The problem is that you only have to remember specific information to pass a certification.
For the most part your right. 99% of certifications are useless and I ignore them when trying to hire someone. However, I kind of like the Cisco certifications (the advanced ones anyway), where you are asked to build and configure something in a lab, then they come in and screw with it, and you have to figure out what is wrong and fix it. Being able to fix something that is broken demonstrates a deeper understanding than mere memorization of facts.
Also, having worn glasses for so long I've gotten used to the built in "objects flying at my eye" protection they offer.
You can still wear glasses. You'll just be doing it ironically.
IPv6 addresses are so long that you can't remember them long enough to read the address from one machine and type it into another.
This problem was solved waaaay back in 1996 by the IETF in RFC 1924 [ietf.org].
It was actually solved back in 1983 by RFC 882.
That's what I was just coming here to say: robots and AI doesn't have to be evil as long as the people controlling the string are.
I think the point is that if AI is involved then the machine is stringless. It doesn't sound like Hawking is saying don't do it. He says understand the risks beforehand. i.e. instead of after it is a problem. That sounds prudent, not fear mongering.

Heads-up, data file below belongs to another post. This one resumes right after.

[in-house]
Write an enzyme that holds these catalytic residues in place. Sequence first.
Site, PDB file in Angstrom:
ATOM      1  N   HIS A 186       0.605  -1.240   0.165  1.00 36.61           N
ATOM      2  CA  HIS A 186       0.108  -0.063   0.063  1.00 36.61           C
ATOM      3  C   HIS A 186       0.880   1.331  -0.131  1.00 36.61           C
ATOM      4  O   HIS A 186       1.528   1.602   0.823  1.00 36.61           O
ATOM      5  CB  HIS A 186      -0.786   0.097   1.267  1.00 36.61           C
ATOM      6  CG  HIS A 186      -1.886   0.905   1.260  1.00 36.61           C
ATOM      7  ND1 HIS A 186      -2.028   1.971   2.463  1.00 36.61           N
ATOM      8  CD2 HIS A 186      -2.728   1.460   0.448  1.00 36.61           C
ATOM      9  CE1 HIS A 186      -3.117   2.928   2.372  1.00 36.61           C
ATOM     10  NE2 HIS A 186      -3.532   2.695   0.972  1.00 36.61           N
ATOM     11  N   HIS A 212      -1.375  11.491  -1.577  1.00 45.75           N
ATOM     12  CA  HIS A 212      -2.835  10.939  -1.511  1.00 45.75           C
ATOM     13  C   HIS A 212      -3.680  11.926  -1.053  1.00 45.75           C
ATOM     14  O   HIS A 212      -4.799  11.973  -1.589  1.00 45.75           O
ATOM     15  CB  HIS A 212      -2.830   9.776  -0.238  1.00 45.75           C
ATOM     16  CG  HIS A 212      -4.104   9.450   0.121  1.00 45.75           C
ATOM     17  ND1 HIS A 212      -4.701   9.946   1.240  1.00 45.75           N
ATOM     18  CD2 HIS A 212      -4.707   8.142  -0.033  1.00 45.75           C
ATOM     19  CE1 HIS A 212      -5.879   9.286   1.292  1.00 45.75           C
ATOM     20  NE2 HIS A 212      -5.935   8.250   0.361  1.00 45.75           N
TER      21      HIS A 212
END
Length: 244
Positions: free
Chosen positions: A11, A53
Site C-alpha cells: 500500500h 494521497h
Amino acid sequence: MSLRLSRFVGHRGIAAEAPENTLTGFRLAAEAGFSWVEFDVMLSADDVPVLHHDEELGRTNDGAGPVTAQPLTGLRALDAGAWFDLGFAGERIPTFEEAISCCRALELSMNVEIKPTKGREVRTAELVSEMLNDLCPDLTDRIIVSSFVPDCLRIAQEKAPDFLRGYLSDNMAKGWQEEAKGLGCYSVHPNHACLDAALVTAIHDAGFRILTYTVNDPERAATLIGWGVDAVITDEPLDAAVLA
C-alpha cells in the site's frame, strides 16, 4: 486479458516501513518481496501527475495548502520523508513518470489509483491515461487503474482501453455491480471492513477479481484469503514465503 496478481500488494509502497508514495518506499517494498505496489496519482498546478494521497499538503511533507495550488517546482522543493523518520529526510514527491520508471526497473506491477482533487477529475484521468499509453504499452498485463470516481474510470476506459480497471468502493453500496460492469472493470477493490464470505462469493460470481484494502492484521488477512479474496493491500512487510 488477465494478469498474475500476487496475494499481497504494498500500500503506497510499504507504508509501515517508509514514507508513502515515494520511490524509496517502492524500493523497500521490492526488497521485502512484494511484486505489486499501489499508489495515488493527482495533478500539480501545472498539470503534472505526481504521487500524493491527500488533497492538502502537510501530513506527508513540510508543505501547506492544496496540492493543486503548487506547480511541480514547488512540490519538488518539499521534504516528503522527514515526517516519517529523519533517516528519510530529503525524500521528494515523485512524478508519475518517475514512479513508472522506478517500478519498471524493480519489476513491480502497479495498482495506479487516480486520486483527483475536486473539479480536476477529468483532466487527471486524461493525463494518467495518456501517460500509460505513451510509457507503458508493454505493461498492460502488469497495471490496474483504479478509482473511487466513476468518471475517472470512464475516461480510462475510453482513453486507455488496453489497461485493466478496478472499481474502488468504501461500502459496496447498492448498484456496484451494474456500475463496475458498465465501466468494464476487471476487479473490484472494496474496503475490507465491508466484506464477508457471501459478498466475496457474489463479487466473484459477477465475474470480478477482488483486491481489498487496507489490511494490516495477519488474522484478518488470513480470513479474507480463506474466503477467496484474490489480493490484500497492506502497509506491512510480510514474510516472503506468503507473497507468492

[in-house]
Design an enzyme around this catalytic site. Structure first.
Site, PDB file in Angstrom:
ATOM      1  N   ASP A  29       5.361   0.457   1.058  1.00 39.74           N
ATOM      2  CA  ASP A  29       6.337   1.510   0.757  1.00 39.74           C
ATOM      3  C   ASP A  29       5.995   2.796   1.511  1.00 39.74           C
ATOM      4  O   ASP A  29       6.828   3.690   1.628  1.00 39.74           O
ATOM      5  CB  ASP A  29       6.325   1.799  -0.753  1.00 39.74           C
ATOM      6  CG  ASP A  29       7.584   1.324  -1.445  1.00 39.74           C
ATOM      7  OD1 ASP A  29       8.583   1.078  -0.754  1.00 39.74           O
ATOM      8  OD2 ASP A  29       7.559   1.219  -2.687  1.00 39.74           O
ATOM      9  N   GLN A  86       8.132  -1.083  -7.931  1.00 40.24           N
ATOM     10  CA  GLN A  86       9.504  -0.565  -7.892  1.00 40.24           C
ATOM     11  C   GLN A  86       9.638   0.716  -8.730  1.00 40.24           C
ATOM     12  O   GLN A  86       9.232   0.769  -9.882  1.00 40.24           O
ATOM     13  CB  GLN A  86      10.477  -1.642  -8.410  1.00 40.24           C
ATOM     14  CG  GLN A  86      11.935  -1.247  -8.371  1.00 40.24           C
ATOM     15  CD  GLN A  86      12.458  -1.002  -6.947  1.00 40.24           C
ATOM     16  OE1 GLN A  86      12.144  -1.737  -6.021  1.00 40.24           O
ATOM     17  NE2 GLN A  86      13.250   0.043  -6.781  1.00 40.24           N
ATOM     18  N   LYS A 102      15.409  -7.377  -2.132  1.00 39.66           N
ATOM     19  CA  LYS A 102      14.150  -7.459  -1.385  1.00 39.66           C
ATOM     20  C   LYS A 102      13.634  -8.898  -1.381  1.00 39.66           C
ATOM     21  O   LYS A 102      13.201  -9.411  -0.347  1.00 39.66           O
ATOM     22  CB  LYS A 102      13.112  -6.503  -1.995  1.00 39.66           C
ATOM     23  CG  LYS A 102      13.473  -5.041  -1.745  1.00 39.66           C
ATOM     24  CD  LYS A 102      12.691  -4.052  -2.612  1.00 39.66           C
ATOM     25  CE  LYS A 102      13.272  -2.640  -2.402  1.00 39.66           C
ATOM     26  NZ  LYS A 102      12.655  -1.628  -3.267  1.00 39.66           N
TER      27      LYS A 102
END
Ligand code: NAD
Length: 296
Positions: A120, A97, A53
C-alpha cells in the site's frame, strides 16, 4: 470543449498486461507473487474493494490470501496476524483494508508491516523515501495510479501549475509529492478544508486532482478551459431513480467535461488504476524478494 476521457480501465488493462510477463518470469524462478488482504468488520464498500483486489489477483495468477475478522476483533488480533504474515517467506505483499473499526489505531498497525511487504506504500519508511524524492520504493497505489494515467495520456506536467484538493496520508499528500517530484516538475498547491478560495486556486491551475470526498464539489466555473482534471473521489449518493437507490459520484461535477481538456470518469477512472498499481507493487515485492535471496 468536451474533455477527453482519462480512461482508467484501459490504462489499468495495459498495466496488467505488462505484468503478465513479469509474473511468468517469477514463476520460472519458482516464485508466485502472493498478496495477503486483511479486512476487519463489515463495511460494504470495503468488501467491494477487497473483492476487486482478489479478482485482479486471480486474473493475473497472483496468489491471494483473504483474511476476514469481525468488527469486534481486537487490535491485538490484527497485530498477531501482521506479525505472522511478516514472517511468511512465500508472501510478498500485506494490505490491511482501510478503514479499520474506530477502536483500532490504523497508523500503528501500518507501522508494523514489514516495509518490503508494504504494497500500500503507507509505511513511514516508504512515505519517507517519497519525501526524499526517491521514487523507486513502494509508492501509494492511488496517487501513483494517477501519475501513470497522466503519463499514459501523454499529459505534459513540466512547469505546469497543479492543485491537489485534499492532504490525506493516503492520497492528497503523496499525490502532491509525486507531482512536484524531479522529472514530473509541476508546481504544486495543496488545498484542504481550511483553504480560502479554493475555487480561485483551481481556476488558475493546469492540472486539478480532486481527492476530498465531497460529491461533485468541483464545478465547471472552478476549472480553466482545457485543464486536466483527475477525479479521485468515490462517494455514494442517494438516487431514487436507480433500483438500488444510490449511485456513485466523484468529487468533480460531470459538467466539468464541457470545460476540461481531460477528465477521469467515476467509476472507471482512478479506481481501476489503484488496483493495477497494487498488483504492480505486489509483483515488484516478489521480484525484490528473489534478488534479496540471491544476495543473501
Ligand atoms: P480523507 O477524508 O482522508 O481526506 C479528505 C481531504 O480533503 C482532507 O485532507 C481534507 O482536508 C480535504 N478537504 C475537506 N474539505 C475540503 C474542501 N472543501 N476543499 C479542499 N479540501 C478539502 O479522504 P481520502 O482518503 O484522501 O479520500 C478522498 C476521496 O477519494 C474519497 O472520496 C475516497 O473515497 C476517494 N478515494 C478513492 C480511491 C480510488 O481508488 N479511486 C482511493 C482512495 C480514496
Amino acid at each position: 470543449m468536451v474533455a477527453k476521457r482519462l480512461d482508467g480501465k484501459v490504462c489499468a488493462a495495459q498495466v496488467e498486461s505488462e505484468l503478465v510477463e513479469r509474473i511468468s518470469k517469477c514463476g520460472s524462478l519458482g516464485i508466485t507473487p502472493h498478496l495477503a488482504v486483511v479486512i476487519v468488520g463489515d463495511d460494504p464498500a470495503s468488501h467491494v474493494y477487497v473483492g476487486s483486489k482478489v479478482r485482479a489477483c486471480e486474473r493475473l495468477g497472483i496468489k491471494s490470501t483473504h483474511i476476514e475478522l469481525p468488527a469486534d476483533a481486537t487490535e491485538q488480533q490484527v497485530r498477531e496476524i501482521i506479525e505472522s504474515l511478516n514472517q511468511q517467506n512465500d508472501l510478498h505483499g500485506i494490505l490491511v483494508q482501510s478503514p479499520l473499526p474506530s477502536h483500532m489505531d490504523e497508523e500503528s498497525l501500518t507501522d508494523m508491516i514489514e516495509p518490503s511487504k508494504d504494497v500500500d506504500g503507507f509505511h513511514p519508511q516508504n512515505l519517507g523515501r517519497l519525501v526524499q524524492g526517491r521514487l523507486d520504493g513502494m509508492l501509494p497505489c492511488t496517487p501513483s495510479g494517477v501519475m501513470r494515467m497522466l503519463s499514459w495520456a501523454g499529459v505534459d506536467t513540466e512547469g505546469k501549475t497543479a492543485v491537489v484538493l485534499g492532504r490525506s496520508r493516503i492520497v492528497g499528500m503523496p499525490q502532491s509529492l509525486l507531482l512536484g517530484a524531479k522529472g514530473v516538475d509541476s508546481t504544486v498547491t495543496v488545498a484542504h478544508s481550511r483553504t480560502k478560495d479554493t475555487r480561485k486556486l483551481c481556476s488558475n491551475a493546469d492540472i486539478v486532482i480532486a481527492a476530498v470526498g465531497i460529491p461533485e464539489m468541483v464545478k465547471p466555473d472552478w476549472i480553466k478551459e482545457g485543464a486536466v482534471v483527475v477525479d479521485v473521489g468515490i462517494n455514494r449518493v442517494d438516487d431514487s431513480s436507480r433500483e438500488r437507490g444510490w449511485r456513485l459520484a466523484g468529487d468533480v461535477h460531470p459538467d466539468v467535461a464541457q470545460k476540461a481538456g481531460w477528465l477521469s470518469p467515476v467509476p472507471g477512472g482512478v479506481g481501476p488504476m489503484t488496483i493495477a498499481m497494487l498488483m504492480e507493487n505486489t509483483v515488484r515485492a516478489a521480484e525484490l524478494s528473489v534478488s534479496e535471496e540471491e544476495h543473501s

In addition, I don't see what transcendence has to do with AI. A human consciousness in a computer is still a human consciousness. It seems that we are mostly worried about AI because it lacks humanity. So in transcendence we are just dealing with more sophisticated humans against less sophisticated. This is a problem humanity has faced since the invention of tools. People being dominated by other people.
Everyone knows you can only keep a wormhole open for 38 minutes.
Except when it is connected to a black hole.
What if my autonomous car decides that the action to take that is likely to cause the least harm is to kill the driver?
That would violate the first rule of robotics.
s/telnet/ssh/ I prefer my critical infrastructure management to be somewhat secure.
It could be kerberized telnet.